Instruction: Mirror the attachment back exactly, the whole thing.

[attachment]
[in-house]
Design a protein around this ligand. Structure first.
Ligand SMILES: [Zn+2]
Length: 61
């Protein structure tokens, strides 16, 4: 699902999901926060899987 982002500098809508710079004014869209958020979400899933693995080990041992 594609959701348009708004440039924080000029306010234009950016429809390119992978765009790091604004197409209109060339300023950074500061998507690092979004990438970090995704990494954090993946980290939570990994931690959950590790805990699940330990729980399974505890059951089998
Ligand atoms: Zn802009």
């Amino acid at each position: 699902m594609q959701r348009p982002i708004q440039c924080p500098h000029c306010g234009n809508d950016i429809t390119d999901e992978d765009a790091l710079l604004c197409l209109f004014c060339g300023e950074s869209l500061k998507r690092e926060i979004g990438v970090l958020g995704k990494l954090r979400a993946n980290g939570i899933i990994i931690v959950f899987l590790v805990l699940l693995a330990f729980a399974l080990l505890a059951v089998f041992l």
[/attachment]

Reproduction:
[in-house]
Design a protein around this ligand. Structure first.
Ligand SMILES: [Zn+2]
Length: 61
């Protein structure tokens, strides 16, 4: 699902999901926060899987 982002500098809508710079004014869209958020979400899933693995080990041992 594609959701348009708004440039924080000029306010234009950016429809390119992978765009790091604004197409209109060339300023950074500061998507690092979004990438970090995704990494954090993946980290939570990994931690959950590790805990699940330990729980399974505890059951089998
Ligand atoms: Zn802009």
């Amino acid at each position: 699902m594609q959701r348009p982002i708004q440039c924080p500098h000029c306010g234009n809508d950016i429809t390119d999901e992978d765009a790091l710079l604004c197409l209109f004014c060339g300023e950074s869209l500061k998507r690092e926060i979004g990438v970090l958020g995704k990494l954090r979400a993946n980290g939570i899933i990994i931690v959950f899987l590790v805990l699940l693995a330990f729980a399974l080990l505890a059951v089998f041992l």